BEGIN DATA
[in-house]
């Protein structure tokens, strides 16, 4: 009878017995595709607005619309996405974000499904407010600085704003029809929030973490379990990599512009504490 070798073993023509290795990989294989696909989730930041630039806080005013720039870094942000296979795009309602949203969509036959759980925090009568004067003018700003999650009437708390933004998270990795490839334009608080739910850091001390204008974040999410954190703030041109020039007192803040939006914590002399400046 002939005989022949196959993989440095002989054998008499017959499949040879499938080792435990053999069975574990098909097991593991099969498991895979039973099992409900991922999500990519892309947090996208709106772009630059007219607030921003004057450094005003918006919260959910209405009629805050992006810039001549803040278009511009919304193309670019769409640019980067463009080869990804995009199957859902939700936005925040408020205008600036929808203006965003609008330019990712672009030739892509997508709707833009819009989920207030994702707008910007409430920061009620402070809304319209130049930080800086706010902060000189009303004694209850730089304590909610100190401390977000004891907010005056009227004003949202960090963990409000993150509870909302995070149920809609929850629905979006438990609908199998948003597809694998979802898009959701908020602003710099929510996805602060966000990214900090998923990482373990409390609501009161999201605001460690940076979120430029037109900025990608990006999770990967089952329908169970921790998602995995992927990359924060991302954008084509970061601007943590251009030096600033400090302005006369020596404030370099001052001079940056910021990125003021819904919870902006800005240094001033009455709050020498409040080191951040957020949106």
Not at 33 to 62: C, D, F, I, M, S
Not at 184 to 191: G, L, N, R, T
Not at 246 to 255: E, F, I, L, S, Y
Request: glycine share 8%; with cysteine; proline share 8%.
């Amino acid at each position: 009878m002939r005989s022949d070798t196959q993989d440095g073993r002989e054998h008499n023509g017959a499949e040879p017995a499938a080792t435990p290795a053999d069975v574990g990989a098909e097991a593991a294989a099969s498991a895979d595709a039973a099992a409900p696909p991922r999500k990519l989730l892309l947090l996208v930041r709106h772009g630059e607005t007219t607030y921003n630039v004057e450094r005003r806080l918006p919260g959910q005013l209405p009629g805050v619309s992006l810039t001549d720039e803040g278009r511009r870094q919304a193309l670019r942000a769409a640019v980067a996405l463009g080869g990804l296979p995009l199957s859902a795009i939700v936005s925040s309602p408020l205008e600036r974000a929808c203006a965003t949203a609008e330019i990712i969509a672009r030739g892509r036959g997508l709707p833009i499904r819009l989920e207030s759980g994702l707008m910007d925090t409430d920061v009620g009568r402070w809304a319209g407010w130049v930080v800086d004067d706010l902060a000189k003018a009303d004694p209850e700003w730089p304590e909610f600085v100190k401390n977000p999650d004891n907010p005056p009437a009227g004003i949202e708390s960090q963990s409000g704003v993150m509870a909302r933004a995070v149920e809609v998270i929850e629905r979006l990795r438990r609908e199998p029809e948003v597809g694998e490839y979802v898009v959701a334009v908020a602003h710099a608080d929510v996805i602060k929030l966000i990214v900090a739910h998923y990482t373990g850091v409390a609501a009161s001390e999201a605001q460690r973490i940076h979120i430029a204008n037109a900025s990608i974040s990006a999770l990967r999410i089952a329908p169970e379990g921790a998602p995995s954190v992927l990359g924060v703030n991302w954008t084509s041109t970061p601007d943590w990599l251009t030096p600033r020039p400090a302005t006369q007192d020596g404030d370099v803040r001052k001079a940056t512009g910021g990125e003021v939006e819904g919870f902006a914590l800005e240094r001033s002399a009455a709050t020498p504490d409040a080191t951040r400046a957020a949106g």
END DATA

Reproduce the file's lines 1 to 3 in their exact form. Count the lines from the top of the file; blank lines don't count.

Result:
[in-house]
């Protein structure tokens, strides 16, 4: 009878017995595709607005619309996405974000499904407010600085704003029809929030973490379990990599512009504490 070798073993023509290795990989294989696909989730930041630039806080005013720039870094942000296979795009309602949203969509036959759980925090009568004067003018700003999650009437708390933004998270990795490839334009608080739910850091001390204008974040999410954190703030041109020039007192803040939006914590002399400046 002939005989022949196959993989440095002989054998008499017959499949040879499938080792435990053999069975574990098909097991593991099969498991895979039973099992409900991922999500990519892309947090996208709106772009630059007219607030921003004057450094005003918006919260959910209405009629805050992006810039001549803040278009511009919304193309670019769409640019980067463009080869990804995009199957859902939700936005925040408020205008600036929808203006965003609008330019990712672009030739892509997508709707833009819009989920207030994702707008910007409430920061009620402070809304319209130049930080800086706010902060000189009303004694209850730089304590909610100190401390977000004891907010005056009227004003949202960090963990409000993150509870909302995070149920809609929850629905979006438990609908199998948003597809694998979802898009959701908020602003710099929510996805602060966000990214900090998923990482373990409390609501009161999201605001460690940076979120430029037109900025990608990006999770990967089952329908169970921790998602995995992927990359924060991302954008084509970061601007943590251009030096600033400090302005006369020596404030370099001052001079940056910021990125003021819904919870902006800005240094001033009455709050020498409040080191951040957020949106």
Not at 33 to 62: C, D, F, I, M, S